Using the Bruker system, some organisms may require preparatory extraction in order to generate spectra of sufficient quality to enable microbial identification. A general approach to extraction is shown. The isolate of interest is placed into a microcentrifuge tube with 70% ethanol, mixed, and centrifuged at 20,800 g. The supernatant is decanted and the pellet dried. 70% formic acid and acetonitrile are added and the mixture vortexed and centrifuged at 20,800 g for 2 minutes. The supernatant is deposited onto a target plate, dried and overlaid with matrix.
The number of publications on microbial identification by matrix-assisted laser desorption ionization time of flight mass spectrometry has skyrocketed over the last couple of years because of high identification rates combined with fast turnover time and low costs for consumables compared with conventional methods. This new technology has performed excellently; some studies have even shown that matrix-assisted laser desorption ionization time of flight mass spectrometry outperforms conventional identification assays.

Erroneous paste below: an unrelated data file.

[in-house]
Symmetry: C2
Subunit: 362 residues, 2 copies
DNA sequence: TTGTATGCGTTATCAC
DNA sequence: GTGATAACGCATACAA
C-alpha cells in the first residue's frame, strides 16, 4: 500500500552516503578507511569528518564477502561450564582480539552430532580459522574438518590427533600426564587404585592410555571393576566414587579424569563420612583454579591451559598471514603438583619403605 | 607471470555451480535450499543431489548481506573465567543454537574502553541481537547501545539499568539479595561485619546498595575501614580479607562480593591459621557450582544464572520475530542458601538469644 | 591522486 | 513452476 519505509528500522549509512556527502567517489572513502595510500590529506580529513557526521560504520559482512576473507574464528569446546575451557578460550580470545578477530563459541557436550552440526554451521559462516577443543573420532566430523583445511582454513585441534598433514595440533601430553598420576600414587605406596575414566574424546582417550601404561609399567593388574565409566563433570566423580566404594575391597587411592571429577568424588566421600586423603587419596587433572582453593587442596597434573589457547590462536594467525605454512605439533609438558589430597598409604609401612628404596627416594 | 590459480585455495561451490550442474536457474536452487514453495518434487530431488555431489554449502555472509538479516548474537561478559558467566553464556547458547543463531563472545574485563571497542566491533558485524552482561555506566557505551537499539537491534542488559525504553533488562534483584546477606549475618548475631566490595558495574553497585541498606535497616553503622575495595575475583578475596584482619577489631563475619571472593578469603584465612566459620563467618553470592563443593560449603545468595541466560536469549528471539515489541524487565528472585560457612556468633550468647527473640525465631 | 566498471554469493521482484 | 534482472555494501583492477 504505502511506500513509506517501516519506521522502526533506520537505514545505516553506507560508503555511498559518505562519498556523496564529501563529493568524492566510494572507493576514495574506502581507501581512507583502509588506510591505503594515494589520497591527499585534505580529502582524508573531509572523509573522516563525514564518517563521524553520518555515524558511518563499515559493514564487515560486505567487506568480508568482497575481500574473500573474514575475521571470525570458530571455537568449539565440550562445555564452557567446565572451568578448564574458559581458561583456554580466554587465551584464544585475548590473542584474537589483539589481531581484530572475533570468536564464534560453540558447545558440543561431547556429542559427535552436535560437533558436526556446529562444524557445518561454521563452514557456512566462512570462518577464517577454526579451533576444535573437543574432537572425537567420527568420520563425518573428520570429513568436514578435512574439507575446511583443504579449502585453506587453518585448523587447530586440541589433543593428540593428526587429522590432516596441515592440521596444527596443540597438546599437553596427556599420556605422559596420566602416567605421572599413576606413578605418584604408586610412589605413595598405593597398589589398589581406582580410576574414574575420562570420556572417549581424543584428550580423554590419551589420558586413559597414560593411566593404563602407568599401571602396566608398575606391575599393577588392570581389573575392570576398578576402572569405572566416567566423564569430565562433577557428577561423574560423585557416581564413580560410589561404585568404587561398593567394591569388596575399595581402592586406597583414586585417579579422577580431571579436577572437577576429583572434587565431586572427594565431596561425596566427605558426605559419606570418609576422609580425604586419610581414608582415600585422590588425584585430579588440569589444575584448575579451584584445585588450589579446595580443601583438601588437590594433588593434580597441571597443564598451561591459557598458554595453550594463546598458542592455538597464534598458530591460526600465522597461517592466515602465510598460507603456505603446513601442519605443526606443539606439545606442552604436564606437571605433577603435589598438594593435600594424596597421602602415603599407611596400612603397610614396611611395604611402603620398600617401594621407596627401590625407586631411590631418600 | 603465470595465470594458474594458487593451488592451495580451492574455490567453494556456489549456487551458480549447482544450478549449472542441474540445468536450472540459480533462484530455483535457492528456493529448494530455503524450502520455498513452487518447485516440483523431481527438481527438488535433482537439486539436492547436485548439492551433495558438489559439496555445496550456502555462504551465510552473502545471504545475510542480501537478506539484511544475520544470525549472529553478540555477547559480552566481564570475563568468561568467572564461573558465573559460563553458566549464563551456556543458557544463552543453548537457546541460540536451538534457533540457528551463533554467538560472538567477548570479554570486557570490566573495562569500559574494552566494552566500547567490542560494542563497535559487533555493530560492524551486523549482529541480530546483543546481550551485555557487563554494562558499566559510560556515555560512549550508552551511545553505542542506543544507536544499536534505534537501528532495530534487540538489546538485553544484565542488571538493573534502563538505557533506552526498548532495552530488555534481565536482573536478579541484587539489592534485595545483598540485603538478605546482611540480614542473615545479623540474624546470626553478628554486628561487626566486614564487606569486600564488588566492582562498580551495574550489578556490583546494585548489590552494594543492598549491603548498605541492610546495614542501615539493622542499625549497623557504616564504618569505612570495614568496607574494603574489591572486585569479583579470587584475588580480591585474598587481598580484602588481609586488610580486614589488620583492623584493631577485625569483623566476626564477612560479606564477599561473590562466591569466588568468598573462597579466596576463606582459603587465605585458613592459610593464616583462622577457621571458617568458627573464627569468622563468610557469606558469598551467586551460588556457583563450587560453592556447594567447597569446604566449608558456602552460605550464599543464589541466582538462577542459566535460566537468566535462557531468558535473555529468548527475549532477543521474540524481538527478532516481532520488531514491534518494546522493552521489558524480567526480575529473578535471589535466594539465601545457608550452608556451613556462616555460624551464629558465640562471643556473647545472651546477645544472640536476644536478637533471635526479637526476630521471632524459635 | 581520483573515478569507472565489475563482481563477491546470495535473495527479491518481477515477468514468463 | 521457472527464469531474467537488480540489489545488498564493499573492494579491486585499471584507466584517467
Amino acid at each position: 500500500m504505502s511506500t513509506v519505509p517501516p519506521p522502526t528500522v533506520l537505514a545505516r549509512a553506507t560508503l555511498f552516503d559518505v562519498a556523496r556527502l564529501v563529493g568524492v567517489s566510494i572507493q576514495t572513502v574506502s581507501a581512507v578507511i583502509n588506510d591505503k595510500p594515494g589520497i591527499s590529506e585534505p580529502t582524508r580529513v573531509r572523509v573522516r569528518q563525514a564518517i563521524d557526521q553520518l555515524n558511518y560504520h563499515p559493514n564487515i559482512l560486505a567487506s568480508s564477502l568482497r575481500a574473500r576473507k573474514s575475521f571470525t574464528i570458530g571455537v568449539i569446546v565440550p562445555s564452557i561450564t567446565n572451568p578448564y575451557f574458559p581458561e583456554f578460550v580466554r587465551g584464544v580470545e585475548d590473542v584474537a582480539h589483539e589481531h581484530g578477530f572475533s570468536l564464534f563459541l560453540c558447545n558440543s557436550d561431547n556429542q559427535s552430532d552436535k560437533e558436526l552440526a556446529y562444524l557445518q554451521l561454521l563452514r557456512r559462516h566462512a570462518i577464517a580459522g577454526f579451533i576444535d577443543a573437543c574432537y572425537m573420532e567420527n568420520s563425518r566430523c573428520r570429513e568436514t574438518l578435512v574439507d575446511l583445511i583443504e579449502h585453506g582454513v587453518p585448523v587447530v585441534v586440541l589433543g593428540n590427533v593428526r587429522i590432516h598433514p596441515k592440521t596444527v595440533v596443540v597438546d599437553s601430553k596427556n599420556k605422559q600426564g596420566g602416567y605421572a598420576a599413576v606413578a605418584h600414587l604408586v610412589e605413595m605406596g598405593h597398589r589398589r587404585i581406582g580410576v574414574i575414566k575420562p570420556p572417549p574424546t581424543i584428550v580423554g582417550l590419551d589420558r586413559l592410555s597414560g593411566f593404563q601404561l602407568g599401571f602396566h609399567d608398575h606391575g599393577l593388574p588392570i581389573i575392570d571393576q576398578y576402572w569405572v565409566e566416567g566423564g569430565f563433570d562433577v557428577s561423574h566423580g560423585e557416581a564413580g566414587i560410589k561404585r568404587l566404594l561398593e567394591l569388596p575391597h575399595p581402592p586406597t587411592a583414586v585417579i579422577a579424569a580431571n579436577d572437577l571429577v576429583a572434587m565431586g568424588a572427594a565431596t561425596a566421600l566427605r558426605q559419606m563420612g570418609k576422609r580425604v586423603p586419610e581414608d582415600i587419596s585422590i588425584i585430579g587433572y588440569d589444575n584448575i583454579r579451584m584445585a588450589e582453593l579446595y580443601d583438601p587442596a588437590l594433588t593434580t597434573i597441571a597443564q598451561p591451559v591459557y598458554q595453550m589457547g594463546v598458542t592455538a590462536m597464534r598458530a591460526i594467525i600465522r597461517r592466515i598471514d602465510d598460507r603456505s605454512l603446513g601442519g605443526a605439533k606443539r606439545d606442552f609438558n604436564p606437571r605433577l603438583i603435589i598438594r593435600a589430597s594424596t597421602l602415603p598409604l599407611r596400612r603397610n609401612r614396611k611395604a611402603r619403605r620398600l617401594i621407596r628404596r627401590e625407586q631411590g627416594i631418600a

Matrix-assisted laser desorption ionization time of flight mass spectrometry was initially evaluated for single organisms or organism groups, but more recently has been shown to apply to all types of bacteria and even fungi. The majority of studies have been from outside of the United States, particularly from Europe, where matrix-assisted laser desorption ionization time of flight mass spectrometry is already in widespread use in clinical microbiology laboratories.